Senate Democrats are asking acting Consumer Financial Protection Bureau Director Mick Mulvaney to explain why the agency is no longer supervising student loan lenders and servicers.
Sen. Sherrod Brown, D-Ohio, the ranking member on the Senate Banking committee, and Sen. Patty Murray, D-Wash., the ranking member of Senate Education committee, called Friday for Mulvaney to turn over documents explaining how the agency's Office of Students and Young Consumers will meet its statutory obligations to oversee such firms.
The letter asks Mulvaney to respond to 13 questions including whether he has a conflict of interest given that he also heads the Office of Management and Budget, which collects on student loan debt.
Lawmakers asked for "documents that describe policies and procedures you have put in place at the CFPB that ensure Mr. Mulvaney’s duty as OMB Director to protect taxpayers’ investments in federal debt collection contracts are not allowed to conflict with the CFPB’s obligation to fairly and independently administer consumer financial protection laws."
Last week, Mulvaney stripped the student lending office of all functions except consumer education. He moved the student lending division and its ombudsman under his direct oversight in a reorganization to better align the CFPB with Republican priorities.
The CFPB also dropped any reference in its spring agenda to potential rulemaking on student loans, a sign the agency is abandoning plans to develop regulations on student loan servicers.
Impact on CUs still TBD
One of the big questions for the credit union community is what impact Mulvaney's move will have on CU student lending. The most recent call report data available shows just over 700 credit unions currently offering some sort of private student loan product, with total balances exceeding $4.5 billion. The kind of products CUs offer varies, however, and that $4.5 billion figure represents a mix of both in-school students and others who have refinanced loans after graduation. While $4.5 billion could be considered impressive spread across just 700 CUs, that figure is a drop in the bucket and that $4.5 billion is a drop in the bucket of the approximately $1 trillion in total student loans nationwide.
So far, however, it appears credit unions aren't overly concerned with Mulvaney's actions in this space.
Mike Weber, SVP/chief marketing officer at CU Student Choice, one of the nation's leading credit union service organizations for student lending at credit unions, told CU Journal the CUSO hasn't heard much response from its member credit unions in the wake of the CFPB's decision.
"There still remains a lot to be seen here as to exactly what might be occurring and what the fallout of that could be, so we don't want to jump to any conclusions about how that could change the business," he said, adding that CUs "welcome fair oversight."
"I think we all know Mulvaney has really shaken up the CFPB and made a lot of changes, but there's a lot of pushback from the other side as well, so it feels like there's this tug of war happening," he added. "It's hard for us, without knowing all the details of what would happen, to know if there's going to be any major impact one way or another. At this point it's had to say what the potential fallout could be. It's not something we're really overly focused on."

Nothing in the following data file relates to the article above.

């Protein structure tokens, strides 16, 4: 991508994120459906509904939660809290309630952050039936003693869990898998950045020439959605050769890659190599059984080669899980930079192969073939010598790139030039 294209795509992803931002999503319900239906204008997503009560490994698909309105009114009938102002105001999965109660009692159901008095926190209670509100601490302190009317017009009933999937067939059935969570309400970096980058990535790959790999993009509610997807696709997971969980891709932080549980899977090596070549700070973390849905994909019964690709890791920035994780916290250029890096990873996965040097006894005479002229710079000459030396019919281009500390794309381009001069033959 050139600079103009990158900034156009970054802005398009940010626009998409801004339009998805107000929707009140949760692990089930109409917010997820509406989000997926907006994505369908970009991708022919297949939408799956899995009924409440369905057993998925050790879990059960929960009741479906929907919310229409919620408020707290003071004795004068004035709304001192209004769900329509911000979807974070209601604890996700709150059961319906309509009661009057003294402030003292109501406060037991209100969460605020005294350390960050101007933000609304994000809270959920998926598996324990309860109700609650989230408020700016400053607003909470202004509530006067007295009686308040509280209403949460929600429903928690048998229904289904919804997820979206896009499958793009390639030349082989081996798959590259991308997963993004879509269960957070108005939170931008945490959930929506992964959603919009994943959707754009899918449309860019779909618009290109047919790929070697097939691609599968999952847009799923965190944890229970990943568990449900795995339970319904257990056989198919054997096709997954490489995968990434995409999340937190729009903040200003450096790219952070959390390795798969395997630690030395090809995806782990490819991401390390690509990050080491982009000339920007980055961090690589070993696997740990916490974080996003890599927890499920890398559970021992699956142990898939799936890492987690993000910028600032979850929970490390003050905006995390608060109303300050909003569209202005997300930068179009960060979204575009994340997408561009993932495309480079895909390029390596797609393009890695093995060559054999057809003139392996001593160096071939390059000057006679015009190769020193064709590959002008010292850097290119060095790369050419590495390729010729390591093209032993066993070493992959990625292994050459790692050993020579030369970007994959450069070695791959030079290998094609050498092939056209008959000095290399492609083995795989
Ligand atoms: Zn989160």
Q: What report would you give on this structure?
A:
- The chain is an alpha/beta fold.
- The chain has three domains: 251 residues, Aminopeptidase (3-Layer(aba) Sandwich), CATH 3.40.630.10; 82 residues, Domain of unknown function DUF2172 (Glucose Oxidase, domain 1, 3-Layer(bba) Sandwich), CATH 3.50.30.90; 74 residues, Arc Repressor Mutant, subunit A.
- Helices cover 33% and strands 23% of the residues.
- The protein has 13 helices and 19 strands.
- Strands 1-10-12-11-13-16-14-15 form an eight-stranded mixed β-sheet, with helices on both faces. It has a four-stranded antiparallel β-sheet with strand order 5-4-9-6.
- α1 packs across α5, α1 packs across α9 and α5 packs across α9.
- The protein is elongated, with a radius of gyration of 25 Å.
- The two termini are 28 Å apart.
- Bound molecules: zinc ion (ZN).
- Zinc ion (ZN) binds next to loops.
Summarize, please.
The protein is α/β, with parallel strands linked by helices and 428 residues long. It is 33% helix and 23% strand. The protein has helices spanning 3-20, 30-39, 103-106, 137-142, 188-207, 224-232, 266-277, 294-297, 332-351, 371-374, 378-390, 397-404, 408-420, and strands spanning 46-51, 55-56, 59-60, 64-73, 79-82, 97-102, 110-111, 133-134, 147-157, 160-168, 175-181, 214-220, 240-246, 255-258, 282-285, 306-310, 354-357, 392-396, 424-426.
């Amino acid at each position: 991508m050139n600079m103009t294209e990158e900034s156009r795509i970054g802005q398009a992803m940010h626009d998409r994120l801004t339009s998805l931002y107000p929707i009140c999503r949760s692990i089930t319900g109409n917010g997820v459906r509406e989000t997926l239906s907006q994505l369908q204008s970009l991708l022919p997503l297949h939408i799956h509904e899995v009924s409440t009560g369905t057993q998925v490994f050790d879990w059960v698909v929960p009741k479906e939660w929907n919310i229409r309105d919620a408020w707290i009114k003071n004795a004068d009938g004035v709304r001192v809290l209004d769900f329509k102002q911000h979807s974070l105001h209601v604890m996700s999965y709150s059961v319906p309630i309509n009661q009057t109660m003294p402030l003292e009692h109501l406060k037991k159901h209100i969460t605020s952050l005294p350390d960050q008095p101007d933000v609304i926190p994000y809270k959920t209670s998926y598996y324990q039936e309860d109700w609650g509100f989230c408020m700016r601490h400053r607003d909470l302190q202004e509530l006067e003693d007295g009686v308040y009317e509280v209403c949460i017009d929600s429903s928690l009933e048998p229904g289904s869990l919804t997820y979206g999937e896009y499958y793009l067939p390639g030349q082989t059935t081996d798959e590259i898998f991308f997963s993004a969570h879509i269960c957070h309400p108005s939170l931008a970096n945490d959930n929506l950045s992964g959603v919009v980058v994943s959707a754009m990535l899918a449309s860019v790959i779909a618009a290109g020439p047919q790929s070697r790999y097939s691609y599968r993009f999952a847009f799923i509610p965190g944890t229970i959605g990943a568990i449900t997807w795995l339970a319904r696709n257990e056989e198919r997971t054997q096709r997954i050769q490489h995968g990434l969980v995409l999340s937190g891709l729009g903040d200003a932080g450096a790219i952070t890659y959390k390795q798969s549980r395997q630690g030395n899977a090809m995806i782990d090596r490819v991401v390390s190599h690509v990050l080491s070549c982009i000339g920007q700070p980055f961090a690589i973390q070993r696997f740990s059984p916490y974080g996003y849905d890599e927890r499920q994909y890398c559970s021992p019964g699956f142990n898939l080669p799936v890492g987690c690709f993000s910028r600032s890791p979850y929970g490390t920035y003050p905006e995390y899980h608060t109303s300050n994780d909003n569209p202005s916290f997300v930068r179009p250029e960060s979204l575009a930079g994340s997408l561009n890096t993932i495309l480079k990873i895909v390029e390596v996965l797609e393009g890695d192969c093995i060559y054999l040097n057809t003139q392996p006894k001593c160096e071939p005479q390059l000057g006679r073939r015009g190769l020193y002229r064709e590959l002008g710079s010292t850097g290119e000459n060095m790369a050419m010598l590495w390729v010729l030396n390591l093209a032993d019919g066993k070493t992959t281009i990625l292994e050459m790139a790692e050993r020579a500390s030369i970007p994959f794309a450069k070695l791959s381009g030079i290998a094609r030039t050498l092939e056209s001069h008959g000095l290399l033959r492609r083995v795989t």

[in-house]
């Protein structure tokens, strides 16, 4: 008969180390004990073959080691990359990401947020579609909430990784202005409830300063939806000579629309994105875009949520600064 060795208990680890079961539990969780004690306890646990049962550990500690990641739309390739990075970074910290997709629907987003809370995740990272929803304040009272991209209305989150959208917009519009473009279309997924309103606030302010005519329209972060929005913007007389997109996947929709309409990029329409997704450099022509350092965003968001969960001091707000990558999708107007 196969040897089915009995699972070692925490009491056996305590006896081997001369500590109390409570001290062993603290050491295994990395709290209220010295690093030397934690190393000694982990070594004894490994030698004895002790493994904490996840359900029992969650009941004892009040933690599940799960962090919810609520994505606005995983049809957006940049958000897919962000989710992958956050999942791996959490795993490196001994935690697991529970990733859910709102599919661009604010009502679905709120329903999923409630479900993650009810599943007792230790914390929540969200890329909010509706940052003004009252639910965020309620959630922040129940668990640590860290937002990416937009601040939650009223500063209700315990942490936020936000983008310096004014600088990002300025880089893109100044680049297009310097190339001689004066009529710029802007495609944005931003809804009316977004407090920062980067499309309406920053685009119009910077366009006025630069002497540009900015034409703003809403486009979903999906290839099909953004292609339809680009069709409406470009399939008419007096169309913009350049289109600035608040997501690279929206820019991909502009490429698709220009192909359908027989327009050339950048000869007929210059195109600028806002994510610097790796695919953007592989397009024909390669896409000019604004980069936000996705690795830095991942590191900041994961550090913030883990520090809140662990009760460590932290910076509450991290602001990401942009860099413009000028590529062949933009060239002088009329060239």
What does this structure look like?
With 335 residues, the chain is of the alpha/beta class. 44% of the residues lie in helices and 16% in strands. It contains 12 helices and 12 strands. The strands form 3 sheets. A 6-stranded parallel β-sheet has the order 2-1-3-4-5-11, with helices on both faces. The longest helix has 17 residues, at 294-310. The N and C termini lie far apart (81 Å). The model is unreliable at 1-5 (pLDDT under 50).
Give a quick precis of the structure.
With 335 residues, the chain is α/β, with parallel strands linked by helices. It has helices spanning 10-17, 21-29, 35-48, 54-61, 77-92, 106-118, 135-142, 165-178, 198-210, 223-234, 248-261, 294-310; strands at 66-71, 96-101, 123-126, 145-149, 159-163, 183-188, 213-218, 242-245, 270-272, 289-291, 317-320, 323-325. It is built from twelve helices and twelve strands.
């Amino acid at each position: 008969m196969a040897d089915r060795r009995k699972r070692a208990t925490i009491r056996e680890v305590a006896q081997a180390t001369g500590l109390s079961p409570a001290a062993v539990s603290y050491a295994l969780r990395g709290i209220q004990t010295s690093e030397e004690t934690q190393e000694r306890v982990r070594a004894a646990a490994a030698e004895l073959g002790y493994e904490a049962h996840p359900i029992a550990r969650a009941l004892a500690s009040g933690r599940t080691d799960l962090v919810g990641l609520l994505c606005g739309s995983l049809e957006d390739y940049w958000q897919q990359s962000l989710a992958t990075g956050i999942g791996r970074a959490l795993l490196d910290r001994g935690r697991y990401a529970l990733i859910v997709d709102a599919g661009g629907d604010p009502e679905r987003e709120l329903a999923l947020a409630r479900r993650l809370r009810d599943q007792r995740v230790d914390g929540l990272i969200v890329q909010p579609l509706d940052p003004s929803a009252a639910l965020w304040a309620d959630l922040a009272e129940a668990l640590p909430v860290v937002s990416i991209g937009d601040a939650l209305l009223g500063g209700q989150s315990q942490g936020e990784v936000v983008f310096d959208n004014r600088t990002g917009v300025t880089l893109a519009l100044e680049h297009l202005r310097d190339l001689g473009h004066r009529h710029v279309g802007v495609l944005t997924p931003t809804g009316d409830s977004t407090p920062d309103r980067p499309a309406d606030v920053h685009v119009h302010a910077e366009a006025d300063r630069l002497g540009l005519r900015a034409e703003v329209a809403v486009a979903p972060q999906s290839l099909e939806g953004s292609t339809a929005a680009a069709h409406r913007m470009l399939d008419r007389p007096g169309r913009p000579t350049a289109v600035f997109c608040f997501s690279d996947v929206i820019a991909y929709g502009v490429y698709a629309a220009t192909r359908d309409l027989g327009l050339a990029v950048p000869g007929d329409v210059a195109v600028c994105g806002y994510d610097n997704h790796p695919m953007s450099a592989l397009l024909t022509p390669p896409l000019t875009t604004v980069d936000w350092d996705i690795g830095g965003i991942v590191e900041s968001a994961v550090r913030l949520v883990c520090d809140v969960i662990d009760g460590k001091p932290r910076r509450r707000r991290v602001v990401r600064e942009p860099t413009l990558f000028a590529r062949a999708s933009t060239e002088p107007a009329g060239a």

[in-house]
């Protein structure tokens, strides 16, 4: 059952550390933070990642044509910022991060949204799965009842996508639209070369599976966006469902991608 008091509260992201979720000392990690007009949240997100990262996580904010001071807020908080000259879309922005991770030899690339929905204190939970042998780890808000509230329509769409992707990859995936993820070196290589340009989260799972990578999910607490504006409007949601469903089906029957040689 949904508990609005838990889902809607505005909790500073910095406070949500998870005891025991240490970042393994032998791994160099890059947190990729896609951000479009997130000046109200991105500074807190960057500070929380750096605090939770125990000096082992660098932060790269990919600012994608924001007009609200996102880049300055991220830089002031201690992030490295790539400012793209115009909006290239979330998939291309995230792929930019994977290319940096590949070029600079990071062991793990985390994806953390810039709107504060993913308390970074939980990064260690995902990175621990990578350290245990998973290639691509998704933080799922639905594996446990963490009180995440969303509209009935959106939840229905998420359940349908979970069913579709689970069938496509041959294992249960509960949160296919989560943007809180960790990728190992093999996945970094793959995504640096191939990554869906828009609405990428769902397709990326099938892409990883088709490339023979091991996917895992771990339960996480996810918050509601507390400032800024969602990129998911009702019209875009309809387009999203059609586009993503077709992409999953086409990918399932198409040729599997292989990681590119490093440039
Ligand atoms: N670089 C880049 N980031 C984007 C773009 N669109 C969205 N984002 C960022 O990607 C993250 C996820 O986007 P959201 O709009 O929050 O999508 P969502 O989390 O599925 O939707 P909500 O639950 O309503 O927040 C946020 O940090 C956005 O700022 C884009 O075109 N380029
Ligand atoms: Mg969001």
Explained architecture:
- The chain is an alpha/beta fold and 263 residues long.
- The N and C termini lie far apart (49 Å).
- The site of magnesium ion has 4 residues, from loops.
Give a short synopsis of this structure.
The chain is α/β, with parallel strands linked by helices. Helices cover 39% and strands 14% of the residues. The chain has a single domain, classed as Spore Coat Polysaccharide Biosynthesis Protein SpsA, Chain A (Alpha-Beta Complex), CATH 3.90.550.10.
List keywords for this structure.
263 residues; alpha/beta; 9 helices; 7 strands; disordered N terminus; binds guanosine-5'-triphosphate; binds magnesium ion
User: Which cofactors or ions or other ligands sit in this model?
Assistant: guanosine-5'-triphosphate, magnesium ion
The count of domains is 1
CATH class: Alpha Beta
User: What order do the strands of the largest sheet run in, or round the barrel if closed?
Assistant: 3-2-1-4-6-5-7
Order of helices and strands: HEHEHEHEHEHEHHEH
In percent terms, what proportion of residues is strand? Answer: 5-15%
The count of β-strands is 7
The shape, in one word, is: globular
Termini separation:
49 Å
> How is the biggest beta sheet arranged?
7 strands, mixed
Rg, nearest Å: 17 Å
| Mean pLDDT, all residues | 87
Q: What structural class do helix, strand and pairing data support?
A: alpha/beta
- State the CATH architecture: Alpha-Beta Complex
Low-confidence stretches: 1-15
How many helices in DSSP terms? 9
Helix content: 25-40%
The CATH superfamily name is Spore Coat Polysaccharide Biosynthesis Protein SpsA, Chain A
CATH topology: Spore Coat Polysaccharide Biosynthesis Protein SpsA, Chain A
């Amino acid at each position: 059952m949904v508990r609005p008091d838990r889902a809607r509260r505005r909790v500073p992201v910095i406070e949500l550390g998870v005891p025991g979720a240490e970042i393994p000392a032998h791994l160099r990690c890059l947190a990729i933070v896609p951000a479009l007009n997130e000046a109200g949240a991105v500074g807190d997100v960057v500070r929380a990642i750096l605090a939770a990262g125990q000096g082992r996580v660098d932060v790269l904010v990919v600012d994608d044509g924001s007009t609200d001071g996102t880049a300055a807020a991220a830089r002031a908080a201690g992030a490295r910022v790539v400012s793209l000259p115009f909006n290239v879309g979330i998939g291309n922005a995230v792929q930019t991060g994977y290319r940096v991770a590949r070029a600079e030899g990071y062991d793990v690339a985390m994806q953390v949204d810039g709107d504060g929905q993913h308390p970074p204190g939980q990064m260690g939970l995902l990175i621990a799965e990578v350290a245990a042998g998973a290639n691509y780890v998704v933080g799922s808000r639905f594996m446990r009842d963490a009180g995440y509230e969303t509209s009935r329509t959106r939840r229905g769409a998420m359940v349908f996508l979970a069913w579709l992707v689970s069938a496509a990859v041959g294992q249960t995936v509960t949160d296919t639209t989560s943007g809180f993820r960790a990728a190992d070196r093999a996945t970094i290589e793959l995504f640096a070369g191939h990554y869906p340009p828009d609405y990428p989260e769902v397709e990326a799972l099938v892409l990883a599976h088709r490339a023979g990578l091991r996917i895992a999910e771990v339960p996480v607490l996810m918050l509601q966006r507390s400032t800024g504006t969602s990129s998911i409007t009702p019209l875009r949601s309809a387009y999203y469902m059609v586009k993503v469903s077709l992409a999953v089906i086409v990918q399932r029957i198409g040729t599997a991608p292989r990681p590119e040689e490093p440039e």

More partisan fighting
The Democrats' letter calls for any analysis or documentation "regarding why the loan servicing regulations were dropped from the regulatory agenda."
"The CFPB revealed that it is abandoning plans to rein in predatory student loan servicing and debt collection practices," the letter stated. "These decisions send a message to students who are being misled, cheated, or defrauded by student loan companies that this administration will not protect them."
The letter was signed by six other Democratic senators: Richard Blumenthal of Connecticut, Elizabeth Warren of Massachusetts, Kirsten Gillibrand of New York, Richard Durbin of Illinois, Jack Reed of Rhode Island and Mazie Hirono of Hawaii.
The change comes as Republicans are pressuring the CFPB to drop a lawsuit against the student loan servicer Navient and as the Education Department pulls back its oversight of for-profit colleges that had been targets of the CFPB.
"Under the current administration, the U.S. Department of Education and the CFPB are closing investigations and rolling back oversight at the behest of corporate interests and putting student borrowers, taxpayers, and the entire economy at risk,'' the letter stated.
In 2013, the CFPB defined student loan servicers as "larger participants," under its oversight, but Mulvaney has broad powers to determine what areas he chooses to oversee.
Mulvaney recently sought to explain the reorganization and pullback in this area.
"One of the reasons we made the change is so that we can emphasize education," he told the National Association of Realtors who said student loan debt is putting a crimp in homebuying. "We have an education component when it comes to student loans, and we have an enforcement component when it comes to student loans. And we will continue to do both of those things."
The Democrats asked for responses to their questions by June 7.
Aaron Passman contributed to this report.